What Vonetta and Jason have done with their provocative blog post is to help shed light on the homogeneous white and male expression in New Monasticism and beyond. By that I mean how “natural” it seems that most of the perceived leadership of this movement is white and male. I am certain there are women and men of color alongside. People of color are often considered strong companions and wise counselors, but often in hierarchies of power, people of color are behind the scenes — not in the spotlight. Part of the luxury of oblivious white privilege is that it is normal to have people of color around, while for the most part being oblivious that they are systematically assigned a place on the sidelines. It is not by chance that it is hard to find people of color as prominent figures in spreading the vibes of New Monasticism through books, conferences, and new media. This also true of many other new emerging expressions of contemporary Christianity.
This predominantly white expression of New Monasticism is not a personal thing; it is part of a larger system of social categories, social identity and perception. New Monastics, white and of color, are not above or beyond the psychology that structures our racial and social identity and consciousness. Nor do we live in a vacuum where we are not affected — positively or negatively — by these structures. So this conversation is not about just individuals, but about bigger dominant systems of oppression. That said, it does get personal sometimes — and not by choice. The unearned privilege that comes with being white may not be something people choose or take. The advantage is given by the system of social categorization, but the realization that some might benefit from a social construct while others are marginalized is a tough pill to swallow.
People in the spotlight and those who are socially perceived as leaders have lots of responsibility to speak out loud about these evil structures that thrive on silence. It is not enough to speak when asked and stay silent the rest of the time. To not speak of the issue is to give the perception that there is no issue.
If there is no challenge to the practices that — intentionally or not — support and preserve the marginalization of people of color, then we are accomplices in a self-perpetuating system of domination and oppression, while at the same time pulverizing efforts of racial healing, reconciliation, and full embrace. I am very glad Jason and Vonetta started making a loud enough noise about this subject that now it is part of a public open discussion.
Perhaps we need to work to a broader understanding of the formation of racial identity and systems of oppression and privilege. Perhaps we need to come to terms with the fact that while some have the option to move to the abandoned places of the empire, there are even more desolate places in hearts and minds and that are in dire need of liberation and redemption.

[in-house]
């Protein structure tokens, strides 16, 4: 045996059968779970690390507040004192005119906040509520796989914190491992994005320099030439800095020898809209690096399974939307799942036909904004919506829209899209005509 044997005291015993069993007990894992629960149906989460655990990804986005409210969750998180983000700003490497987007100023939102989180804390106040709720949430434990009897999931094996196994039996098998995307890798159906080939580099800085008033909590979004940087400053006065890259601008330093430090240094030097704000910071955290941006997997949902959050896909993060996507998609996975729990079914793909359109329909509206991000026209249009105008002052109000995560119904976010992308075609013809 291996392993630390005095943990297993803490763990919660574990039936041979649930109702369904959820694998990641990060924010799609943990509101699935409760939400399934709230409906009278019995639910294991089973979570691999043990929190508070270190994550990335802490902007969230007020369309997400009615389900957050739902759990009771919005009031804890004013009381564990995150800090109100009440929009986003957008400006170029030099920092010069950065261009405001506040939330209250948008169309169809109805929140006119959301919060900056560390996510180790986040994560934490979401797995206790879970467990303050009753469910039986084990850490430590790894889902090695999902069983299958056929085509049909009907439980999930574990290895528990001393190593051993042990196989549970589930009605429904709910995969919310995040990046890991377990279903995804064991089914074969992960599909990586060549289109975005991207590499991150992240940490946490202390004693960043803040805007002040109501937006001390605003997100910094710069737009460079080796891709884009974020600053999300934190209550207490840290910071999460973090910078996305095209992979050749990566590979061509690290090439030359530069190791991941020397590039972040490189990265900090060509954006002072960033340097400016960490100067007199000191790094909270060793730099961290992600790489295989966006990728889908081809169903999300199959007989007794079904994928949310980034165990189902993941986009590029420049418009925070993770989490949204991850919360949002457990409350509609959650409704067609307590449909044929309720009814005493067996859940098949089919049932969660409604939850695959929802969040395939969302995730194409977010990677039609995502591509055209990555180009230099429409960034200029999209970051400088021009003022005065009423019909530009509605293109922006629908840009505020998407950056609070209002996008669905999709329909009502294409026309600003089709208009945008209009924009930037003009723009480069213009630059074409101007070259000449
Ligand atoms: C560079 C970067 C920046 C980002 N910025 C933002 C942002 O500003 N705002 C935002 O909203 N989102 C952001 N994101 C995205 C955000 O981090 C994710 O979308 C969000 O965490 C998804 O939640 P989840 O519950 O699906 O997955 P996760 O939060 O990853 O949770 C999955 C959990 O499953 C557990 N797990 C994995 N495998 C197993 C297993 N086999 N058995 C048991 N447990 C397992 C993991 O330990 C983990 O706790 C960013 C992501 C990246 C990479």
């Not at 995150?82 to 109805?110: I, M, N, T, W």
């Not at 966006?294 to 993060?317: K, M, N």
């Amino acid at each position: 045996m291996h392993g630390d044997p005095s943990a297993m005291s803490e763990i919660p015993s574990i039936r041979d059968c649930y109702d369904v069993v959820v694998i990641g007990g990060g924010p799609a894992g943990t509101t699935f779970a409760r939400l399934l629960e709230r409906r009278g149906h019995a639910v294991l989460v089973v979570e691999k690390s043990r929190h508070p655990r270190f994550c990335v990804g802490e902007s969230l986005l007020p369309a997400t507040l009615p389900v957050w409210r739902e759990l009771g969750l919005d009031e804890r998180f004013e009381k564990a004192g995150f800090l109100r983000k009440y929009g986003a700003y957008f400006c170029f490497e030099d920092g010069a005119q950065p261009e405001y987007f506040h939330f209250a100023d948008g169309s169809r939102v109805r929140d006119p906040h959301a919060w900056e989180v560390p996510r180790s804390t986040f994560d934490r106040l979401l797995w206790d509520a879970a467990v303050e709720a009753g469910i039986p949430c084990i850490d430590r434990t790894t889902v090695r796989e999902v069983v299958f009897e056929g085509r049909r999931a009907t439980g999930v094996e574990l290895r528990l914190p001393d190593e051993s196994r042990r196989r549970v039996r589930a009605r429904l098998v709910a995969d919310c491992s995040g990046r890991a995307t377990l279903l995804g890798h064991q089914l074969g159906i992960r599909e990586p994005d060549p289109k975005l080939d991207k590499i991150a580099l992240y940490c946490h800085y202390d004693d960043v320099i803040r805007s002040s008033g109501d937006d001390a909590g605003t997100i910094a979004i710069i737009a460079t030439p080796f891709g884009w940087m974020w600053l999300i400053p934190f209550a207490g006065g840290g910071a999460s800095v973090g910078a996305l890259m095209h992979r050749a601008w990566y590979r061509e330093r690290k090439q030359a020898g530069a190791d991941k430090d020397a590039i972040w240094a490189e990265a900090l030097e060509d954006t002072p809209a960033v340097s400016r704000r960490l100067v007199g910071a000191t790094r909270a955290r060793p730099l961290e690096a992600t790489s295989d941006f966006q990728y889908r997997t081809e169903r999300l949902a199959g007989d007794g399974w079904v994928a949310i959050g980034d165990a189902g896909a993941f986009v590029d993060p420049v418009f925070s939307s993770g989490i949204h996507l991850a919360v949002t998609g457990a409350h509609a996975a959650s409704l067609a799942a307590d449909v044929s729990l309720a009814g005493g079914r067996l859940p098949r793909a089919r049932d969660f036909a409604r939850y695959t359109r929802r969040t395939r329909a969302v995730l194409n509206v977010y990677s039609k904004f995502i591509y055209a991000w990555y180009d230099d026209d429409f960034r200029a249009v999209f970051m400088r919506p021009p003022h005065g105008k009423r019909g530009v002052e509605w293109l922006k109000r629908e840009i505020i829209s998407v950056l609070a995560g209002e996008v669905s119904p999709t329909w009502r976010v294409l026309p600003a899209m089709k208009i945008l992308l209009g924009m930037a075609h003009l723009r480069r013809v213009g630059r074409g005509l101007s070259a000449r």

I do have some other things to say, but I was asked to write only a blog post, not a dissertation. Maybe there is more to come later.
Somos la melaza que ríe,
Somos la melaza que llora,
Somos la melaza que ama,
Y en cada beso,
-Titet Curet Alonso
Eliacín Rosario-Cruz serves as community catalyst and cultivator with Mustard Seed Associates. He and his family are part of The Mustard Seed House — an intergenerational Christian intentional community in Seattle, where they eat, play, work, garden, pray, and conspire for a new reality.
Jason and Vonetta Storbakken have extended a gracious and hopeful invitation to public dialogue about reconciliation’s challenge for New Monasticism. I’d like to say in public what I’ve already said to them privately: Thank you. I’m grateful not only that they have named an issue that we need to continue to grapple with, but that they have modeled the power of God to move us beyond race to a new identity in Jesus Christ.
It is no secret that many New Monastics come from places of so-called privilege in the white churches that have dominated American Christianity. Disappointed by the ways our whiteness kept us from Jesus, we relocated ourselves to black and Latino neighborhoods to learn from people who knew the power of God at the margins of society. We came to learn community from our neighbors and to know Christ more fully across the dividing walls of hostility that Ephesians says God has already destroyed.
The good news is that we have not been disappointed. Eliacin Rosario-Cruz is exactly right: New Monasticism needs the life and spirit that minorities bring because it is a more complete expression of what the kingdom is. The testimony I have to share with other white Christians is that we can be set free from a history of colonial control and condescending service. We can find new life by submitting ourselves to the traditions and wisdom of minority churches. In my experience, this is possible only because of the radical love of God that is extended by people whom white Christianity has historically ignored and abused.
But this only makes the Storbakkens’ central question all the more pressing: “What are the reasons for the membership [of New Monastic communities] to remain so homogenous?” That we come from segregated churches is not surprising. The problem is that these radical communities seem to remain so homogenous.
Where, then, is the church that God is gathering beyond the color line? The last thing a white guy like me needs to offer is an answer to a question like that. But for the sake of this conversation (which I hope others will join), let me offer a few observations: